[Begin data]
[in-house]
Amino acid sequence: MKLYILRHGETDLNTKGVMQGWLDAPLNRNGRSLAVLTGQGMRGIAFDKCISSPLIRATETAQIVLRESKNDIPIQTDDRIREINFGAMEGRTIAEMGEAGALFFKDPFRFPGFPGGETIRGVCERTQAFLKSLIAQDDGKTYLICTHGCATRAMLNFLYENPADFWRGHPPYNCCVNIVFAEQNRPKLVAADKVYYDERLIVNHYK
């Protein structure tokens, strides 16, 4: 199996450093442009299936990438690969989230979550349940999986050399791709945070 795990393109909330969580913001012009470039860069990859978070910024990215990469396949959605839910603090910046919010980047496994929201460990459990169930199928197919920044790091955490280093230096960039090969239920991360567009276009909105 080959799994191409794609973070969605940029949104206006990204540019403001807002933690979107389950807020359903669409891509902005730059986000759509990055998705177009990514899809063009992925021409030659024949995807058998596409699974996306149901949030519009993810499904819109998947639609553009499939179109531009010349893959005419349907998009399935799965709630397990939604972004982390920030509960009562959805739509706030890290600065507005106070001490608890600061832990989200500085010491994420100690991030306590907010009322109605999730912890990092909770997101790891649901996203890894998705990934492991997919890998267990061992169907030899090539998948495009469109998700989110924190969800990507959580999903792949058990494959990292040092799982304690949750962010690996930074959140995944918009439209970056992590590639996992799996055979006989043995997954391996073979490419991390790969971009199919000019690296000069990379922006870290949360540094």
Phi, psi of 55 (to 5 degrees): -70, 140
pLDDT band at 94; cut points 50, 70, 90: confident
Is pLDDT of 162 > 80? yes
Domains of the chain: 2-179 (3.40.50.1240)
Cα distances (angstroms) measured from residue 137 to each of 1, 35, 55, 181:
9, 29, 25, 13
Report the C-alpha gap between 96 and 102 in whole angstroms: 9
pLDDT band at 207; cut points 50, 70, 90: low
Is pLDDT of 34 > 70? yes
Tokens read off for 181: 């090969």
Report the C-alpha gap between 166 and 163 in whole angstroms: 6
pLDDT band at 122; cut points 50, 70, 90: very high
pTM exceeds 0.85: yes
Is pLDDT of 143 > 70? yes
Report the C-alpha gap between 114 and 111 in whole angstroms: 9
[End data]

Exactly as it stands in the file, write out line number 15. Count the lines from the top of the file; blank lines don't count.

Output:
pLDDT band at 122; cut points 50, 70, 90: very high